Childhood origins of cardiovascular risk
Socioeconomic status early in life can affect health years later—such as by raising the risk of coronary heart disease (CHD). But what leads to this increased risk?
Miller has found that low SES in childhood is linked to increased abdominal fat and inflammation in adulthood. He has also discovered this inflammation increases vulnerability to chronic diseases like CHD.
Through the My World, My Heart study, Miller and his lab are seeking to understand the pathways that lead to these socioeconomic disparities in heart disease risk. They are studying a sample of Chicago-area youth who are in eighth grade, and will follow them up again in tenth grade, to observe health changes across the transition to high school. The focus of the study is how socioeconomic status relates to children’s brain and immune development, and what implications that has for behavioral and biological processes that increase the risk of CHD.
“We know that the process of cardiovascular risk starts in the early years of life, and kids from more and less advantaged backgrounds diverge in adolescence in terms of their mental and physical health,” Miller said. “This study adds a fine-grained look at when and how they diverge, and whether the differences in heart attack or stroke risks in later life are due to processes that start at 12 or 14.”
The cost of resilience
Though they face additional obstacles in doing so, some low-income children beat the odds by performing well in school and going on to college. These children are considered resilient, because they achieve positive outcomes in adverse circumstances. Miller began studying resilient youth several years ago, hypothesizing that they might avoid some of the health problems common in low-income youth.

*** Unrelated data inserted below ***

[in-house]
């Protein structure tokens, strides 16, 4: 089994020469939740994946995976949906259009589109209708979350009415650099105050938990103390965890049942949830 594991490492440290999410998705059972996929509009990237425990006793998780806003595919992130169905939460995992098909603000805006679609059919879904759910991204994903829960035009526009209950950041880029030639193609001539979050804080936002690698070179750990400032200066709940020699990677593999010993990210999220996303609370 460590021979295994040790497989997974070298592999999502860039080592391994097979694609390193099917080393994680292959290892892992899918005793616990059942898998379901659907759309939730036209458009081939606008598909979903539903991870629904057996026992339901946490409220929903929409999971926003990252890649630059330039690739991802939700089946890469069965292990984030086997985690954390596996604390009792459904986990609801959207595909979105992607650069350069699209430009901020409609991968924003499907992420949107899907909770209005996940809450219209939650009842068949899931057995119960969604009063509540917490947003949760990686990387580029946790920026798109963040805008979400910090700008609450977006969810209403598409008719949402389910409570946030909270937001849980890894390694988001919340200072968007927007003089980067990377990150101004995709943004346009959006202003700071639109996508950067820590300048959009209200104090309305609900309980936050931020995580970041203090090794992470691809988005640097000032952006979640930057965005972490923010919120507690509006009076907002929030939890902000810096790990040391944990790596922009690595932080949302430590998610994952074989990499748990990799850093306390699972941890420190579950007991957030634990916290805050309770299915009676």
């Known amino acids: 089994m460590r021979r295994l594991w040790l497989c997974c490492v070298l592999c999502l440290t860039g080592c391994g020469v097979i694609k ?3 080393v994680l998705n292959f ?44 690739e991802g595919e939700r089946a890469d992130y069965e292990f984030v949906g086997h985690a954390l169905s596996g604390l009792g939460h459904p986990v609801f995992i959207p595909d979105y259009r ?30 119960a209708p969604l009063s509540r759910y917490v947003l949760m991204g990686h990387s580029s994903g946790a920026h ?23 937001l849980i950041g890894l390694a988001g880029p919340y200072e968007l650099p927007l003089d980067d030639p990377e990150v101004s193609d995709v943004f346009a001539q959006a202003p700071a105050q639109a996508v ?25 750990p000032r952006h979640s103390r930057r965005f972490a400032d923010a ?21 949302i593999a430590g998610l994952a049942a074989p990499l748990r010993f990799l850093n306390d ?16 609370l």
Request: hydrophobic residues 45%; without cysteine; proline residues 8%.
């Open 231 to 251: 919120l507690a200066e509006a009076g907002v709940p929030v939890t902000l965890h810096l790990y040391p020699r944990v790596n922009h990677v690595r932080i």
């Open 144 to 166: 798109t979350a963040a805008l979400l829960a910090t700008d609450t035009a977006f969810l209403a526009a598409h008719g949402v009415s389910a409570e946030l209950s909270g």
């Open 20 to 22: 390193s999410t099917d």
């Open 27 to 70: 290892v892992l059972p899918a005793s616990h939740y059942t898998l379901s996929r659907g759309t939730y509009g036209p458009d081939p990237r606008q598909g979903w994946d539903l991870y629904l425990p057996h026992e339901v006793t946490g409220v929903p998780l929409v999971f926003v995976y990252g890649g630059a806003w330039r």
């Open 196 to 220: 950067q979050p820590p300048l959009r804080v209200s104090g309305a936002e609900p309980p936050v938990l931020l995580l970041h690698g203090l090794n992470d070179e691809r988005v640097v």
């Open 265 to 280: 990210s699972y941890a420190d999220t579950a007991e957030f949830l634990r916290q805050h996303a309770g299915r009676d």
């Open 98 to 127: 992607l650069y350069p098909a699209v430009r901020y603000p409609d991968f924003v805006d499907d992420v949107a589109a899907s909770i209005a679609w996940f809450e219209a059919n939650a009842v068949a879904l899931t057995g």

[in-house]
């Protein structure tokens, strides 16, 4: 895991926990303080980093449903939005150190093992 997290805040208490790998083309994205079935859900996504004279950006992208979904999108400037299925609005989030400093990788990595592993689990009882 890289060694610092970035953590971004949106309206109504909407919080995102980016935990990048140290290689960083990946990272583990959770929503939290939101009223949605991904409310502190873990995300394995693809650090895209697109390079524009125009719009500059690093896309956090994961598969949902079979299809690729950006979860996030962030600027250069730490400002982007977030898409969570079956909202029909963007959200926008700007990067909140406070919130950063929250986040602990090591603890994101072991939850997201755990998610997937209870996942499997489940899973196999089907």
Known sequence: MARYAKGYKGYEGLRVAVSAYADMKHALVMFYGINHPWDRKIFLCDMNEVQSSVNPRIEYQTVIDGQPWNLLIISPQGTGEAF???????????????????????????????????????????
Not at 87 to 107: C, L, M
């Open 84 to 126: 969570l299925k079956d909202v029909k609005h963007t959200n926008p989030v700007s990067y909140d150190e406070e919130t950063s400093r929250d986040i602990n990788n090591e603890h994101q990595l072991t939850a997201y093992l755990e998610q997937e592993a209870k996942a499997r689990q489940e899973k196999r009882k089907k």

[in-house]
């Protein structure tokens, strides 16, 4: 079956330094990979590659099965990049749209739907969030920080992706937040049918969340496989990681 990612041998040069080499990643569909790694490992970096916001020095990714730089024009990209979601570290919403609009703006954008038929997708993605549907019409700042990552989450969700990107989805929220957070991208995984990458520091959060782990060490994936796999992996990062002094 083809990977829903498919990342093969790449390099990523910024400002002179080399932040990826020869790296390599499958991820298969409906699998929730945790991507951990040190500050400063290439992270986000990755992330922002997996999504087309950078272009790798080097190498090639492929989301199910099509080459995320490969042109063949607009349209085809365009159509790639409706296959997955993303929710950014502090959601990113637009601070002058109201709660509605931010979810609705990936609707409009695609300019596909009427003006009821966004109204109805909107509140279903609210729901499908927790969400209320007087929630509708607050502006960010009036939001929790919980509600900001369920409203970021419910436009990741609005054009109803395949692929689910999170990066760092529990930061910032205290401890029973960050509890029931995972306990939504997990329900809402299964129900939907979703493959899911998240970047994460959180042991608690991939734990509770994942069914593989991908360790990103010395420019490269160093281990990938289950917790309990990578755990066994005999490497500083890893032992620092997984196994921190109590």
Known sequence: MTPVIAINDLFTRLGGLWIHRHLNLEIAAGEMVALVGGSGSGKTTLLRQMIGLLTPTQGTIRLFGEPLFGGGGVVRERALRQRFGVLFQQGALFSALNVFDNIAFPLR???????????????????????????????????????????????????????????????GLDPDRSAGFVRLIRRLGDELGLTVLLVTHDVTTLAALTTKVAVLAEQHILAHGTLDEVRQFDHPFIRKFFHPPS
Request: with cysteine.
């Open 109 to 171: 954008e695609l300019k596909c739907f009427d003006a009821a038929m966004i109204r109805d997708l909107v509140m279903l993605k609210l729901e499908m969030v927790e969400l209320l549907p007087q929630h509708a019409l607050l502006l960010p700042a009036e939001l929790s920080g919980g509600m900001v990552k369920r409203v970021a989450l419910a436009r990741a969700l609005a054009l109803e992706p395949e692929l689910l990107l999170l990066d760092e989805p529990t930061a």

However, the opposite turned out to be true. In a study of 489 rural African-American youth in Georgia, who were tracked from ages 11 to 19, Miller and his colleagues discovered the resilient young people were more obese, had higher blood pressure, and produced more stress hormones than their peers.
Miller has expanded this line of work, finding in a 2015 study that a group of low-income youth appeared to be resilient, based on lower rates of depression and substance abuse. But these youth also showed faster epigenetic aging—their cells looked “older” than they actually are chronologically, and research suggests these older cells are related to health problems later on.
Miller and his colleagues are considering ways to mitigate these health effects. With Chen and IPR social psychologist Mesmin Destin, Miller is piloting an intervention study that seeks to help lower-income, higher-achieving young people balance their school and health goals, and “blow off steam” in productive ways.
“Our country has many strong points but many big social problems,” Miller said. “I like to think that the research we do helps identify some of the roots of those problems and points to potential solutions.”
Greg Miller is professor of psychology and an IPR fellow.
Published: December 8, 2016.